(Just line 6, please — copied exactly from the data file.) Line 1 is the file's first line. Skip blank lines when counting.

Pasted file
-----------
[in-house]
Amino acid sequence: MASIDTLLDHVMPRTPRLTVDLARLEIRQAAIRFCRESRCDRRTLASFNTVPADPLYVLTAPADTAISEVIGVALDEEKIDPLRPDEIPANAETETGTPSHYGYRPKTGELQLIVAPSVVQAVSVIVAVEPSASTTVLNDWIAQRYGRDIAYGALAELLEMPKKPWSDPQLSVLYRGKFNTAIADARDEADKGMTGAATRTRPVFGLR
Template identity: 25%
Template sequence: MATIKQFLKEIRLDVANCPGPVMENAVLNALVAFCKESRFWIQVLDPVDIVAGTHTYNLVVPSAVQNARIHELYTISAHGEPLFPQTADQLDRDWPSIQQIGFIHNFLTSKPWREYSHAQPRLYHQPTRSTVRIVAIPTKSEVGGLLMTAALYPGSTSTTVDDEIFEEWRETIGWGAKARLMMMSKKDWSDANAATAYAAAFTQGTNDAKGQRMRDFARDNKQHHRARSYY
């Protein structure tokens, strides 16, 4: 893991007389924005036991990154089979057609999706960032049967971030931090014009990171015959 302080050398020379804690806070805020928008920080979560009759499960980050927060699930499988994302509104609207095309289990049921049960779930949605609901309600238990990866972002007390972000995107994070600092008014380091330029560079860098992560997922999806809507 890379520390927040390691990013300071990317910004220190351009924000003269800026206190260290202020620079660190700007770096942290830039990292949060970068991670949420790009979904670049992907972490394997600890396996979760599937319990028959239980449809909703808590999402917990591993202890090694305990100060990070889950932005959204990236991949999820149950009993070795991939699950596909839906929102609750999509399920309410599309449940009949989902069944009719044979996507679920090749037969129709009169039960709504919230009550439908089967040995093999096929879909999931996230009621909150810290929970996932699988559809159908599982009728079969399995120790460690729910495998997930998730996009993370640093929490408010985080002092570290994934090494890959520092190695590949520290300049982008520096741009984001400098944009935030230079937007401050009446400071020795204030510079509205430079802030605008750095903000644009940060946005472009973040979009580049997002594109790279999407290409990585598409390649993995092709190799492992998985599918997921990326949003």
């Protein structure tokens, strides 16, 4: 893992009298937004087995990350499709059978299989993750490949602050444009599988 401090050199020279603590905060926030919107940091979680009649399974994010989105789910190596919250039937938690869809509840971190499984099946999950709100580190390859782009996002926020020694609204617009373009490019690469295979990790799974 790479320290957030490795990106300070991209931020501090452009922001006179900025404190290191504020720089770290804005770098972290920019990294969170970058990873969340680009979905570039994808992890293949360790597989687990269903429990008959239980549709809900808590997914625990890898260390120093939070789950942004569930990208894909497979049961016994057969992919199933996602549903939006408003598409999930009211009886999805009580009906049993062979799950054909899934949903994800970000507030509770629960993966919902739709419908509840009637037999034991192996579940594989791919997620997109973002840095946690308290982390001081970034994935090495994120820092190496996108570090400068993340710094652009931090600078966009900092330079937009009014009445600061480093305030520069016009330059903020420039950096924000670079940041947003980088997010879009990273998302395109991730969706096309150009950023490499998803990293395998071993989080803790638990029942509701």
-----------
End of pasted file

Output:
């Protein structure tokens, strides 16, 4: 893992009298937004087995990350499709059978299989993750490949602050444009599988 401090050199020279603590905060926030919107940091979680009649399974994010989105789910190596919250039937938690869809509840971190499984099946999950709100580190390859782009996002926020020694609204617009373009490019690469295979990790799974 790479320290957030490795990106300070991209931020501090452009922001006179900025404190290191504020720089770290804005770098972290920019990294969170970058990873969340680009979905570039994808992890293949360790597989687990269903429990008959239980549709809900808590997914625990890898260390120093939070789950942004569930990208894909497979049961016994057969992919199933996602549903939006408003598409999930009211009886999805009580009906049993062979799950054909899934949903994800970000507030509770629960993966919902739709419908509840009637037999034991192996579940594989791919997620997109973002840095946690308290982390001081970034994935090495994120820092190496996108570090400068993340710094652009931090600078966009900092330079937009009014009445600061480093305030520069016009330059903020420039950096924000670079940041947003980088997010879009990273998302395109991730969706096309150009950023490499998803990293395998071993989080803790638990029942509701």